OPERA TODAY ARCHIVES »

Reviews

Friedrich Schiller (1793/94) by Ludovike Simanowiz [Source: Wikipedia]
21 Sep 2011

Schiller: Ein Leben in Liedern, Wigmore Hall

While the music industry seems to be spiralling dementedly downmarket, the Wigmore Hall keeps standards extremely high.

Freidrich von Schiller: Ein Leben in Liedern — Settings by Schubert, Schumann and Liszt

Christopher Maltman, baritone; Graham Johnson, piano. Wigmore Hall, London, 10th September 2011

Above: Friedrich Schiller (1793/94) by Ludovike Simanowiz [Source: Wikipedia]

 

This Opening Concert of the 2011/2 season was devoted to songs to texts by Friedrich von Schiller.

Goethe gets more musical settings more than any other poet because his idiom lends itself naturally to song. Schiller, on the other hand, wrote texts that read well on the page but don’t necessarily “sing”.

This concert, “Friedrich von Schiller — Ein Leben in Liedern”, was organized on very short notice. Soile Isokoski had originally been scheduled to sing and to judge the Wigmore Hall International Song Competition, but she was indisposed. The programme was very far from Isokoski’s usual repertoire, but so well put together that it was satisfying compensation. It bears the hallmark of Graham Johnson, whose experience in designing good programmes is legendary.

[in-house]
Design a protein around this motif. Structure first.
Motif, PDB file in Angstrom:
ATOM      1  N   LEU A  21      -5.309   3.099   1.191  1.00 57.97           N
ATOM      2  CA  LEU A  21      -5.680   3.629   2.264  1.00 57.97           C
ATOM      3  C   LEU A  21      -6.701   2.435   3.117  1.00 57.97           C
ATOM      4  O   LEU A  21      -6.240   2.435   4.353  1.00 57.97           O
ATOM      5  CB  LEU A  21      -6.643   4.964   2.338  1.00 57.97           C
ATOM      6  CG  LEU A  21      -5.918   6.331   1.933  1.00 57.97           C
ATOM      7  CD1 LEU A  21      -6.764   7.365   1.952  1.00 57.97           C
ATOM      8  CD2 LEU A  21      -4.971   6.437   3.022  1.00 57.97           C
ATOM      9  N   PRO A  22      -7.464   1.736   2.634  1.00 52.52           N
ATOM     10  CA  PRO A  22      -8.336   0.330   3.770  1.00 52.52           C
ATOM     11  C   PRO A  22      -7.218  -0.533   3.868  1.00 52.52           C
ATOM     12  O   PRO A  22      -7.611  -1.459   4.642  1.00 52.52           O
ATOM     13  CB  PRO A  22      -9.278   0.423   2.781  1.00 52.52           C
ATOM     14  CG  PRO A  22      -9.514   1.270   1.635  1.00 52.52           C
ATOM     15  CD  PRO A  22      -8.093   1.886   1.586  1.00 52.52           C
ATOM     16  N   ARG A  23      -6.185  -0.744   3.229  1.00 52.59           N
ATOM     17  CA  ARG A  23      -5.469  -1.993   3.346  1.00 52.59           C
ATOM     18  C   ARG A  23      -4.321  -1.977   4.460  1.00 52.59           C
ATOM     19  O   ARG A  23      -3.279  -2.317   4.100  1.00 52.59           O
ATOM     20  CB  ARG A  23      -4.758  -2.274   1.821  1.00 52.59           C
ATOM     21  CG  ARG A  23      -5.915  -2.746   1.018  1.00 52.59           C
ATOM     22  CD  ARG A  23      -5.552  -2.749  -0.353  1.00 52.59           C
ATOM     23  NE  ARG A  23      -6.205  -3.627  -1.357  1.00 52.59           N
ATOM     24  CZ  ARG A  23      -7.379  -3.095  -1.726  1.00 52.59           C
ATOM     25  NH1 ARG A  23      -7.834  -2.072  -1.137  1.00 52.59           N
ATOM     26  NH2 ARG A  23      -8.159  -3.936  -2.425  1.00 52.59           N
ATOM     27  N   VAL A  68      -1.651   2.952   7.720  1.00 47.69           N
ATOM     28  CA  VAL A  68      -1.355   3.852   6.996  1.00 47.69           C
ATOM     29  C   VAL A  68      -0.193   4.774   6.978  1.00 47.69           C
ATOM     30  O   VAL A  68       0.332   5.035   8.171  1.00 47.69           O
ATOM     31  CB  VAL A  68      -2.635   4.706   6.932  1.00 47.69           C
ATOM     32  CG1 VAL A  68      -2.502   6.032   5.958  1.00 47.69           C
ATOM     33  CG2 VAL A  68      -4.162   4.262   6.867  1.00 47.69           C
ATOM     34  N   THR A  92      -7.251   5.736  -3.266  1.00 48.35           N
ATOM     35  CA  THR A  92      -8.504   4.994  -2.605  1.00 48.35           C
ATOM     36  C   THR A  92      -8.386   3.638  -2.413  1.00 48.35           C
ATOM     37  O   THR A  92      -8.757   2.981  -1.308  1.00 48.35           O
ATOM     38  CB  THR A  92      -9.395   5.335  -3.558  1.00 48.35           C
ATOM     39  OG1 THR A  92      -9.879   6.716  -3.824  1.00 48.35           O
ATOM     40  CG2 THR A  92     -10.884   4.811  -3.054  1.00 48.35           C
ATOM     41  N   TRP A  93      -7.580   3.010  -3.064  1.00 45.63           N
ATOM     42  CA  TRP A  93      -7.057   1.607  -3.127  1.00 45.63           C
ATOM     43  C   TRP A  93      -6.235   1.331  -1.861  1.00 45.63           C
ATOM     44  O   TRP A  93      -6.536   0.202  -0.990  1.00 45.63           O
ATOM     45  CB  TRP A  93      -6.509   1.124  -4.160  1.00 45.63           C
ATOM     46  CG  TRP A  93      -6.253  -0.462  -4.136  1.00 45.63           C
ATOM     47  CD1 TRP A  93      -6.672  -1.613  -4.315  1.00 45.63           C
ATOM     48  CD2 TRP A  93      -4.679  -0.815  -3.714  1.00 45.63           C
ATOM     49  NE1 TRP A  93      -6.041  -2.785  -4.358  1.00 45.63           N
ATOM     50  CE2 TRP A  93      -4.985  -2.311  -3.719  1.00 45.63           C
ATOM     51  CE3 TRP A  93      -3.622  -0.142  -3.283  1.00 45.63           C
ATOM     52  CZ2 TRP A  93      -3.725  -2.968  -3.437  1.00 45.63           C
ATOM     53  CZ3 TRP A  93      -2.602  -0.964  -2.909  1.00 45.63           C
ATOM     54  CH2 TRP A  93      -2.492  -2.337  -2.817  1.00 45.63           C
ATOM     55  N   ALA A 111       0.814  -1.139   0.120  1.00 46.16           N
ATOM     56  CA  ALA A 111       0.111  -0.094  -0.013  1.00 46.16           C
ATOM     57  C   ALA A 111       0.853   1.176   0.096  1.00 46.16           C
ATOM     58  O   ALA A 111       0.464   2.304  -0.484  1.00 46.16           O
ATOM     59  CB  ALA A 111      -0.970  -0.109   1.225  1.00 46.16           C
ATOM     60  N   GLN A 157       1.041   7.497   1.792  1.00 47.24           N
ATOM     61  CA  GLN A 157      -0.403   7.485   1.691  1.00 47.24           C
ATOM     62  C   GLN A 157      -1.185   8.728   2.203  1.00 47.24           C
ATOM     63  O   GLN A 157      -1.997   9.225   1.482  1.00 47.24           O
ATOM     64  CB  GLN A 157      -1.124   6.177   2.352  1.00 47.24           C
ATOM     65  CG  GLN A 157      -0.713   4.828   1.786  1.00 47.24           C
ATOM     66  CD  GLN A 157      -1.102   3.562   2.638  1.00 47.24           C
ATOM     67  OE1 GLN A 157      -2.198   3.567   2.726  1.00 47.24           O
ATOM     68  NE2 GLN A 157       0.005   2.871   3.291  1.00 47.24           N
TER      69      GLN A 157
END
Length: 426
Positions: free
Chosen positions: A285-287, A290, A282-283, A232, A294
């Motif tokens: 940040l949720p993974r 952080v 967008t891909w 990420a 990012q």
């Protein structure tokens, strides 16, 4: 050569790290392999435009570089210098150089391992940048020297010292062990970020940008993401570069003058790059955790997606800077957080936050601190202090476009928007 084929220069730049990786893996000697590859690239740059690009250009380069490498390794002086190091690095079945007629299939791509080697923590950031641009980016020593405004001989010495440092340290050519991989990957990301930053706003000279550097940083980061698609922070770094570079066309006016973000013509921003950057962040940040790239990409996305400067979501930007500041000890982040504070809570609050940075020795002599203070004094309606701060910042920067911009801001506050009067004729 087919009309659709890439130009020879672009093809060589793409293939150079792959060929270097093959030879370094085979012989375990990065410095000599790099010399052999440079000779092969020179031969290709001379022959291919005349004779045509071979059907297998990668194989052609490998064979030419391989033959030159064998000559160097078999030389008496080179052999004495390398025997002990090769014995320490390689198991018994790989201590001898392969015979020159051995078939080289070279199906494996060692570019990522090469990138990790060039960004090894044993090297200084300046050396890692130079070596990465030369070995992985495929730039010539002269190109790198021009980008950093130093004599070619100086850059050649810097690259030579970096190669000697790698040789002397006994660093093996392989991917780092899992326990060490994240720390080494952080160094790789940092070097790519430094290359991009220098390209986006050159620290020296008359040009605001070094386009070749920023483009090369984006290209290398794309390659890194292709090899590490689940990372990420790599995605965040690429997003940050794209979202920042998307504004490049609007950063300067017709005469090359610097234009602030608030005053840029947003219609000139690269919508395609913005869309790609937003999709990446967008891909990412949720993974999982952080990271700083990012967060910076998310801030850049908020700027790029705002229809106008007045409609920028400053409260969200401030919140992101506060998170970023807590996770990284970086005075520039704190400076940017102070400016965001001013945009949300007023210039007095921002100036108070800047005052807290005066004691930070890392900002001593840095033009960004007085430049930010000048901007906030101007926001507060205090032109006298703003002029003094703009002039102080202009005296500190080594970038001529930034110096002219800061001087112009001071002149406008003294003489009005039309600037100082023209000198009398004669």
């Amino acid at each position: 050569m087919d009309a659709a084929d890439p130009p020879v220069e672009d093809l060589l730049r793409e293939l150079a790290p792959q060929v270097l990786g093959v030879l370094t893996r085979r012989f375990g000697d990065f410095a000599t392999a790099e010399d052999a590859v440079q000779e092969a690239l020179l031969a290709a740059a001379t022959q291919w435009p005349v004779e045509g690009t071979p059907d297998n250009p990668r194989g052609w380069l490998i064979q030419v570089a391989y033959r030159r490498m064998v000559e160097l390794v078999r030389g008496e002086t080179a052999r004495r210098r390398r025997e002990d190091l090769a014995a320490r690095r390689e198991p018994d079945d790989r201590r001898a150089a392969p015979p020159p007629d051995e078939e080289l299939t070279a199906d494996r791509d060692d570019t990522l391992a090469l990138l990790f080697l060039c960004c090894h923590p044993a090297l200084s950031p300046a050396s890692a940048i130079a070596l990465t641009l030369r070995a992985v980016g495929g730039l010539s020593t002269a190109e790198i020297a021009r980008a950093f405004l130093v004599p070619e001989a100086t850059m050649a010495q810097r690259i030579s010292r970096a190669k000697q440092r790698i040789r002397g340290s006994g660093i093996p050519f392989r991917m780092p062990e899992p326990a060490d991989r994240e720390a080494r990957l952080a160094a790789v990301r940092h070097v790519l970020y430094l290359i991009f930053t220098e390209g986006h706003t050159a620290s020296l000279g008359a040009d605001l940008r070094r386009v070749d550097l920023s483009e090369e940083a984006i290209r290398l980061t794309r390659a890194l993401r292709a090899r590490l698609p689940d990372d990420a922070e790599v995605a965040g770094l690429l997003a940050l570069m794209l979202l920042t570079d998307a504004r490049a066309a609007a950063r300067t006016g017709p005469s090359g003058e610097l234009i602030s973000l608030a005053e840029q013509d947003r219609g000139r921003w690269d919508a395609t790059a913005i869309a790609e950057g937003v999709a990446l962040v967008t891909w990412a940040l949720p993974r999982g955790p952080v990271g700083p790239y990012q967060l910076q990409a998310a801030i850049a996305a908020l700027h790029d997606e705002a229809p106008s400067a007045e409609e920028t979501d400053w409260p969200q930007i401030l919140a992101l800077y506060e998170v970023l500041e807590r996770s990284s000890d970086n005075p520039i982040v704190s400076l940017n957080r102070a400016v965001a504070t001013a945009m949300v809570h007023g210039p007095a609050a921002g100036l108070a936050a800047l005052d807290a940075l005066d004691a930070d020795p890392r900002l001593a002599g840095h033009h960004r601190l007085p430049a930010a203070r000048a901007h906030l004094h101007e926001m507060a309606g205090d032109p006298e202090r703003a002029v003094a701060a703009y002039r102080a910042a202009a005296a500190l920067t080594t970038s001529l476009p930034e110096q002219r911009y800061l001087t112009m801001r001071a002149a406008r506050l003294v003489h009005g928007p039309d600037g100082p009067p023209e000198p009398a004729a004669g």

Johnson’s knowledge of this repertoire is equalled by few (Richard Stokes and Richard Wigmore are in this league too). Go to the Hyperion Records website and read Johnson’s programme notes for the 37 disc set of Schubert songs. This is what programme note writing should be, stimulating an erudite audience like that at the Wigmore Hall. Indeed, audiences completely new to the genre are even more badly served by superficial, clichéd work, devoid of the analysis and contextual connections that make programme notes worth reading in the first place. The Wigmore Hall gives medals for services to Lieder. Why not Graham Johnson?